France, Germany skeptical about extension, while May hopeful UK will leave EU with “Negotiated Deal”

Theresa May 12-3-2019

UK Prime Minister Theresa May will arrive in Brussels to ask the 27 states of the European Union to delay Brexit. However, France is skeptical about any further extension beyond 29th March.

May on arriving in Brussels said, “A short extension gives us that opportunity to decide to leave the European Union, to deliver on that result of that referendum and I sincerely hope that will be with a negotiated deal. I’m still working on ensuring that Parliament can agree a deal so that we can leave in an orderly way.”

The Chancellor Angela Merkel  speaking in the German parliament said, the EU would delay Brexit only if the UK parliament delivered a “positive vote” on the withdrawal agreement. She suggested that there could be a short term extension up to 30th June 2019.

The condition that Merkel has put forth before May seems impossible, currently there is no consensus on the withdrawal agreement in the UK parliament making it unlikely that there will be any “positive vote” this week or early next week. Most of Europe would want a peaceful UK exit, that is with a deal, however France and Germany want to send out a big message mostly to domestic audience.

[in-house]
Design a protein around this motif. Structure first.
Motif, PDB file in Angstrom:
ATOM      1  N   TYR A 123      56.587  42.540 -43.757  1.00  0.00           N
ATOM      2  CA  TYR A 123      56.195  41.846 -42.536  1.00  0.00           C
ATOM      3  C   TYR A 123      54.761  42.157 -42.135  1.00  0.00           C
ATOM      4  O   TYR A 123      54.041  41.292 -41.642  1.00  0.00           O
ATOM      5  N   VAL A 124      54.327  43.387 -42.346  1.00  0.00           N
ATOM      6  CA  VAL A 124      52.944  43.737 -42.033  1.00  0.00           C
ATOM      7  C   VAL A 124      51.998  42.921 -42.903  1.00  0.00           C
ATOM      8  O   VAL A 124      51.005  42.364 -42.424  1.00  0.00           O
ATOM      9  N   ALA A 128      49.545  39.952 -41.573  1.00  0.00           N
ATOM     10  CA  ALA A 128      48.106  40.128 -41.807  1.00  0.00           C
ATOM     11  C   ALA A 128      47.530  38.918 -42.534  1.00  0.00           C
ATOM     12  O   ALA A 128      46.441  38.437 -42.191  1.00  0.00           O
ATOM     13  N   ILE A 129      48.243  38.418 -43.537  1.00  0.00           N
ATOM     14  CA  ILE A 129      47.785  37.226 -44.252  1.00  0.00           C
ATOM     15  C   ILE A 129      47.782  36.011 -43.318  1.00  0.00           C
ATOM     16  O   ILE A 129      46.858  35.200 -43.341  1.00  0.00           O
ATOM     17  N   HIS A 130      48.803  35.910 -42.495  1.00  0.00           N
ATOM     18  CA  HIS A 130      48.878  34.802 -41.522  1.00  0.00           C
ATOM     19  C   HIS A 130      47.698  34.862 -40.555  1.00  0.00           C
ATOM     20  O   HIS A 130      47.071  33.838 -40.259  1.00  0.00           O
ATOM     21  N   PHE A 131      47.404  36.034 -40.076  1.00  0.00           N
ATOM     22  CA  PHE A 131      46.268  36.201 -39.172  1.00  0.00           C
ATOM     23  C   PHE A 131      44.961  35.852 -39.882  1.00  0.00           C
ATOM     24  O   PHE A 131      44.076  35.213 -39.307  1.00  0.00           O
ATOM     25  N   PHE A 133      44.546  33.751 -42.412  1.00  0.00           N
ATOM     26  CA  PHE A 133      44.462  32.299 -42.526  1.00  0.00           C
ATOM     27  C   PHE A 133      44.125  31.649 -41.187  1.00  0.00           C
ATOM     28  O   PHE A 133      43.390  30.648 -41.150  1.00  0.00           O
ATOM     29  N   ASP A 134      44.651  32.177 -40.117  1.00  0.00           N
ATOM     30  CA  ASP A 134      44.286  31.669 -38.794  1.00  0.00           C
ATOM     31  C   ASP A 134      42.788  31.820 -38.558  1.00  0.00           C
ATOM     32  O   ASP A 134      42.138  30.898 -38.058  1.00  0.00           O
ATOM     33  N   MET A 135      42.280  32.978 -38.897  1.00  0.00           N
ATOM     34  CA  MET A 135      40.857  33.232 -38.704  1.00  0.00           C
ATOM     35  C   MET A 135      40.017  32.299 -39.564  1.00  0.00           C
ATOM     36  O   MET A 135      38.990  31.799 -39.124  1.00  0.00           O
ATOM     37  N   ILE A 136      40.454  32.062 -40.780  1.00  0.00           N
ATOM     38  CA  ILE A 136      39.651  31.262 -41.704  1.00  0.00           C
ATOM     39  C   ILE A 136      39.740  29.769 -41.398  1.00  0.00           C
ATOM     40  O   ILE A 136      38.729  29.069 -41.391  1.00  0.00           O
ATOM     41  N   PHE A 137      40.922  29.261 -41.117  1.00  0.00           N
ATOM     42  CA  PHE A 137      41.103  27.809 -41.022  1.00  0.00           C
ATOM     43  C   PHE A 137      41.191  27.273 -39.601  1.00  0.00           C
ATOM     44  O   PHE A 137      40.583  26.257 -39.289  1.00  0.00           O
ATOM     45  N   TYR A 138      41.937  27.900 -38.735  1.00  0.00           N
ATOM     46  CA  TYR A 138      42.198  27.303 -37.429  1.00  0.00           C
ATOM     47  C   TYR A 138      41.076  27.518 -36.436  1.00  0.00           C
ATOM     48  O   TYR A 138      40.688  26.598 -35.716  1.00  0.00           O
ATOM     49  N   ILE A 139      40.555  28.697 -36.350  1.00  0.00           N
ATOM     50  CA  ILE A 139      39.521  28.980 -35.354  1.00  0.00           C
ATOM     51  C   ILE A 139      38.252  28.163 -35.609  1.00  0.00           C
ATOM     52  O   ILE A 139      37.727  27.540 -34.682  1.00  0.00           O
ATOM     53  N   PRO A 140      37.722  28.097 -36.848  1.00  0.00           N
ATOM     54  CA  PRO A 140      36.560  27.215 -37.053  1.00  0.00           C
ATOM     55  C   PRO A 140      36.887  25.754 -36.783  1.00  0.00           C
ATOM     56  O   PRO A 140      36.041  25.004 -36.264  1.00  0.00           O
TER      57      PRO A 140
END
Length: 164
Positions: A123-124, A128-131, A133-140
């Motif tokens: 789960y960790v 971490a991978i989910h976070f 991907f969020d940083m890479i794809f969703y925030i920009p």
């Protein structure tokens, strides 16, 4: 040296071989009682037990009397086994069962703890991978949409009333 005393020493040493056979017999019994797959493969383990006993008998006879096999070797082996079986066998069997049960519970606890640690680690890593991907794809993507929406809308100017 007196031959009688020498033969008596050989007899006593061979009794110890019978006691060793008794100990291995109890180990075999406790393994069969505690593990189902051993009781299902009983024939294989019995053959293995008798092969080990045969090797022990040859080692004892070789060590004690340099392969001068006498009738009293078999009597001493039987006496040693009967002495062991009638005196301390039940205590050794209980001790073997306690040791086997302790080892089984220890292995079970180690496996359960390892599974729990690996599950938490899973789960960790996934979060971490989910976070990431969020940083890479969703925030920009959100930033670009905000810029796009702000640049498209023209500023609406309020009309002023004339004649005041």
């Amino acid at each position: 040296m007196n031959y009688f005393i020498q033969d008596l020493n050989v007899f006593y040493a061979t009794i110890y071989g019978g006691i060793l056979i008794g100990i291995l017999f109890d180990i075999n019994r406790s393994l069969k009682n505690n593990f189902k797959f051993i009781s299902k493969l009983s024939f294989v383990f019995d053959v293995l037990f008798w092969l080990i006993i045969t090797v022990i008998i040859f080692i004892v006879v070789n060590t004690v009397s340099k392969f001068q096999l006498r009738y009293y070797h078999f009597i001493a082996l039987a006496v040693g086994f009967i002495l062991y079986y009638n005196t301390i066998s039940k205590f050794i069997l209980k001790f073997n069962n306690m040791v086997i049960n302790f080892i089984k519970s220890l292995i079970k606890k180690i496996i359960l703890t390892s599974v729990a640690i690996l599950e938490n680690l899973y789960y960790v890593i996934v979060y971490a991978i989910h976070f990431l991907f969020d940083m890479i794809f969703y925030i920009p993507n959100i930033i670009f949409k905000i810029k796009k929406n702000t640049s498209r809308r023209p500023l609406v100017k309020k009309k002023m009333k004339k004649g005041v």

The European Union have made it clear that there won’t be any further discussion on the “backstop” agreement.

The European President Donald Tusk said that the EU would agree to a short extension, but this would only be if Mrs. May’s deal is signed off by MPs next week. He added the EU is open to any emergency discussion if needed.

The Foreign Secretary Jeremy Hunt said the UK would be faced with three options if Mrs May’s deal was defeated again next week— revoke Article 50, leave without a deal,  or a longer extension could be granted at an emergency EU summit, but with “onerous conditions”.

Meanwhile, the opposition leader in the British parliament  Jeremy Corbyn held talks with the EU Brexit negotiator Michel Barnier and European Commission secretary general Martin Selmayr in Brussels, he said that the talks were “very constructive”.


 

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